The 2 speed gearboxx doesn't need to be 2:1, it could be say 1.5 - 1.8:1. Lower value makes motor easier to sync quickly to new speed, when shifting.
Off course higher L/D rotor geometry helps, as moment of inertia is proportional with D^2 (or D^4).

Thinner laminations would reduce eddy currents. But I don't think it would reduce hysteresis losses.
So 350 Hz (5-phase) seems to be a more efficient system, but with some more switching elements.


Alex , I ask that perhaps you could take some of these OT ideas to other places where they may find a more enthusiastic setting. Have you tried Endless Sphere ? Also DIY Electric.

These will be my final comments here. I have tried to register in the discussion board. There is no register button in my browser so no go there.

5-Phase although of theoretical interest does require some inverter to motor topology changes since there are obvious ramifications to having legs separated by 72 deg.

Also I have no idea what ZF's planetary twin ratio device is about. Assuming an automotive drive is under consideration, then unlike an ICE there never should be the need to have to spin down an IM in order to enter a coarser gear ratio when you want to go faster and thus avoid an RPM range that may exceed the motor's mechanical limits. Such a condition can only mean that the motor specified was seriously undertorque for the application.

The max rpm of any machine should be just below the point at which the machine's rotor is likely to grenade. The reason is that motor power is proportional to rpm and since aerodynamic losses do not diminish with increasing vehicle speed it is preferable to gear the motor for its max rpm to coincide with the top road speed.

That said, some electrical designs experience torque roll off at high speed. This is because the stator winding pattern has been deliberately arranged to present a high V/F (Volts per Herz) ratio to the inverter. Motor torque is proportional to the product of motor current and V/F ratio. Clearly a larger V/F means an equivalent torque can be still be produced but with a smaller current. It is a popular trick that is used to enable the current rating of the inverter transistors to be reduced. The drawback is that a large V/F ratio will have the motor present a high back EMF at relative low rpm such that a period of constant power is entered followed by another area where the torque begins to drop inversely as the square of the speed. To maintain some semblance of performance the ability to select a gear ratio that will slow the motor rpms relative to road speed will bring the motor out of voltage saturation and generally the restored motor torque will temporarily compensate for the coarser ratio of gear now employed.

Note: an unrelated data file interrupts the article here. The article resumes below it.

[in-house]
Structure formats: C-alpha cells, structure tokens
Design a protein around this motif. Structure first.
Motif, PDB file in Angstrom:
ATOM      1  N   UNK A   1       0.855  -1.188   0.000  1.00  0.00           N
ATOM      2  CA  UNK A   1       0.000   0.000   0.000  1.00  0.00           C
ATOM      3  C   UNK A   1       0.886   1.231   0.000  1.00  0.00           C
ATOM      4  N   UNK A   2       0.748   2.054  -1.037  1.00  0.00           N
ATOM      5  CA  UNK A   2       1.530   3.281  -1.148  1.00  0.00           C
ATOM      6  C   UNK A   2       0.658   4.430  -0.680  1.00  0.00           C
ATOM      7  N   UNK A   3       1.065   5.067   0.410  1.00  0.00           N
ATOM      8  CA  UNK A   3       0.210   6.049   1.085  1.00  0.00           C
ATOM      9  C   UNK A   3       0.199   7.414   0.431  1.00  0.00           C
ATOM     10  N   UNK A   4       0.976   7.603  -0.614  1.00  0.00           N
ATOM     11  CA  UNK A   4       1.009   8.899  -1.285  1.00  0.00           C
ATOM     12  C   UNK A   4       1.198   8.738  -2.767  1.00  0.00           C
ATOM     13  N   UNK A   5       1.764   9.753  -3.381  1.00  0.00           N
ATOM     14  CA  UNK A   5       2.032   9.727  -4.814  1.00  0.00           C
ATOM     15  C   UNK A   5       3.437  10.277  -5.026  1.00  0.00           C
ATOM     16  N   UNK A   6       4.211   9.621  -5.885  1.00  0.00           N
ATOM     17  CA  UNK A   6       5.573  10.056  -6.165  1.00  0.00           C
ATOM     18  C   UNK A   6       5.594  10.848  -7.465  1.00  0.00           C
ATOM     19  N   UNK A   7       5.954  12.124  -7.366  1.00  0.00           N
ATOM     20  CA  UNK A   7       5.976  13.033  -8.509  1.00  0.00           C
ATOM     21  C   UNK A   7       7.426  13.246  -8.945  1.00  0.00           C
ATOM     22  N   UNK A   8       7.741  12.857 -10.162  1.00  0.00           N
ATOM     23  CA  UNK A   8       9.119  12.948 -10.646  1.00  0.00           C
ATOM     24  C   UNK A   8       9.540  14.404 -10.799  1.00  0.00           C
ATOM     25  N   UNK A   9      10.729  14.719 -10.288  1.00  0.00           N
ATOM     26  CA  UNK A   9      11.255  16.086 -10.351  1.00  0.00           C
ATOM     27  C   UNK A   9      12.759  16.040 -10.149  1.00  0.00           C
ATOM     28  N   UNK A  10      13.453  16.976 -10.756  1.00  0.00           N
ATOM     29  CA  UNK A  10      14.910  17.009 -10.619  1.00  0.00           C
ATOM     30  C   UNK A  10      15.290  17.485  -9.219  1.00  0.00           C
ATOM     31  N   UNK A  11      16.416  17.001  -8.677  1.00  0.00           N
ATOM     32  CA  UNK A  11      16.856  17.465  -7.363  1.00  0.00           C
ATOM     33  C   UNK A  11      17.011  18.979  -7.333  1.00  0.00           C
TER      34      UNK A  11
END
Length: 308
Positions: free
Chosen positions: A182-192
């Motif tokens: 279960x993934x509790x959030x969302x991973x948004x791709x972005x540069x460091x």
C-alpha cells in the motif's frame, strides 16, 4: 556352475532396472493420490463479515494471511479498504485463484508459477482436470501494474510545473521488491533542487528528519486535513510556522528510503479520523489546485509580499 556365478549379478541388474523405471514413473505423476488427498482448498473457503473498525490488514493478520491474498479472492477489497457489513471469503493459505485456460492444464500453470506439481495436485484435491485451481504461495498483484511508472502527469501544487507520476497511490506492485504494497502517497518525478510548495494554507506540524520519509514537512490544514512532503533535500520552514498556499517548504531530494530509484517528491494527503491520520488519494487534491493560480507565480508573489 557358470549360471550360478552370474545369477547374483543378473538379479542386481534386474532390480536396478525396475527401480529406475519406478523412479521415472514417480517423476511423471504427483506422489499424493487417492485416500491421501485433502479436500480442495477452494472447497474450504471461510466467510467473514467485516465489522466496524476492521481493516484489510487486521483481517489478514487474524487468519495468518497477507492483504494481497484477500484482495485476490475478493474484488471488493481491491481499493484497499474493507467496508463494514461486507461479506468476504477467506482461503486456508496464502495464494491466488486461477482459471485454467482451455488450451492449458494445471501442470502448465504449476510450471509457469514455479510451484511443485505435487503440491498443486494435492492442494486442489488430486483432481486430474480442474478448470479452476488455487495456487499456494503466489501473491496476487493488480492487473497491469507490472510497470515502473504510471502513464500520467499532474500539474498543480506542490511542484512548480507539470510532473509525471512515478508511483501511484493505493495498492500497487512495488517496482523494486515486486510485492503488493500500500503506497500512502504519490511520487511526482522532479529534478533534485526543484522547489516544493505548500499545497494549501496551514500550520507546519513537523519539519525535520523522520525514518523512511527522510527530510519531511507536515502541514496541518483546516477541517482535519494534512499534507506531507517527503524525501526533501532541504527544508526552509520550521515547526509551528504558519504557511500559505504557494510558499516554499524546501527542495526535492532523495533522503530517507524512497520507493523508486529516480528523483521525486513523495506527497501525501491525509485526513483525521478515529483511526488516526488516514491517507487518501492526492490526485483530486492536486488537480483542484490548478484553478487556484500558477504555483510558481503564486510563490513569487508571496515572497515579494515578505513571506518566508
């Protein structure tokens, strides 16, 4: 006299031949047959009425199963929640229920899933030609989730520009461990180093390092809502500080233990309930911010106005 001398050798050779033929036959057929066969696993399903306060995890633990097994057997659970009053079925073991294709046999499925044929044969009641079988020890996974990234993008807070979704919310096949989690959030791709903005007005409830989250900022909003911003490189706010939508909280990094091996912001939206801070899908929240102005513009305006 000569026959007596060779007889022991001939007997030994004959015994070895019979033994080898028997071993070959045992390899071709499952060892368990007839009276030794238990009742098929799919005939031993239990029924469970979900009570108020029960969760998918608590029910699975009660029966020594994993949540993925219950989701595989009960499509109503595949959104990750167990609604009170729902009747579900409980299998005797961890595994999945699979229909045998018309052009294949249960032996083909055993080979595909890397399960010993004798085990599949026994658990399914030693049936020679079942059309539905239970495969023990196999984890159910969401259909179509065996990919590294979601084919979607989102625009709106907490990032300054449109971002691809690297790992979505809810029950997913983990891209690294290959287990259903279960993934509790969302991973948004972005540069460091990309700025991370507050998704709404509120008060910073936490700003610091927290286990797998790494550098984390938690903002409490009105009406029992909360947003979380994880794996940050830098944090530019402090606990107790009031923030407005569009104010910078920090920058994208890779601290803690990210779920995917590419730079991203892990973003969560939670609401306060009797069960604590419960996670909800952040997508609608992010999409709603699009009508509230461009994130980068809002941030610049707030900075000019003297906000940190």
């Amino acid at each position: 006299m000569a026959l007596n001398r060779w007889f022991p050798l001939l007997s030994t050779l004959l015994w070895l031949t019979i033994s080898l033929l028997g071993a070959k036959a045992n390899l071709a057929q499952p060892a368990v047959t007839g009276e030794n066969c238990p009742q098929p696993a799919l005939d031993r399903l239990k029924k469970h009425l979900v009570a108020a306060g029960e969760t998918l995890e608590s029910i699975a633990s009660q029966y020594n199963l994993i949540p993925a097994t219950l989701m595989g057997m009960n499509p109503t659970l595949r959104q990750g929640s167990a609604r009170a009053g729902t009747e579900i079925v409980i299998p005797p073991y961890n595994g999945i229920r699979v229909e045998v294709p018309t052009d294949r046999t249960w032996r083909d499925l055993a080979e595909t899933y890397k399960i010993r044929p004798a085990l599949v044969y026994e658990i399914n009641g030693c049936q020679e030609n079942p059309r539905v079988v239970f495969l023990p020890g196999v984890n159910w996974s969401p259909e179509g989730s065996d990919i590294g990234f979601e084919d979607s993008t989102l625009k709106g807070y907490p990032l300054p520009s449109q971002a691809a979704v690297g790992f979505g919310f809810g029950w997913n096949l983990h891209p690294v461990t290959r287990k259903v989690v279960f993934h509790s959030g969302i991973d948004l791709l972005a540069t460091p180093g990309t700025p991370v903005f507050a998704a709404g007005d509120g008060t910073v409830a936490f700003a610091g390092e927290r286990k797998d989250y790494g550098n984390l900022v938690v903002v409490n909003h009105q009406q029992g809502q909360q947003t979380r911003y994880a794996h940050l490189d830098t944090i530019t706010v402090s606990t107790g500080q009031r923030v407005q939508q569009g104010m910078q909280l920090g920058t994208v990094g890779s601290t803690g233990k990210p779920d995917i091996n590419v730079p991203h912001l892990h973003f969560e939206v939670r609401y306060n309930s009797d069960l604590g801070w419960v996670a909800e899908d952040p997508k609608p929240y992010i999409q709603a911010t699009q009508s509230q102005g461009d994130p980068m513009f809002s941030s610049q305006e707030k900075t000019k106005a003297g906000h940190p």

There is an elegant solution so that all this trouble can be avoided in the first place if the motor is wound for a low V/F and used along with an inverter with oversized transistors which is standard practice at Tesla.

As a point of fact whereas a general purpose 480V 60Hz motor will have a V/F of 8.0, the corresponding frame size Tesla motor is estimated to have a V/F of 0.25, meaning that for equivalent torque the Tesla motor will have to draw as much as 32 times more current than the previous motor. A situation which is not problematic since the Tesla inverter is well equipped with no less than 850 amp transistor ratings.


Hi T2 "I have direct experience of comparing transverse electric motor mounts versus those using longitudinal coupling."

Would you have a measure of the difference in efficiency, or an estimate?


The comments to this entry are closed.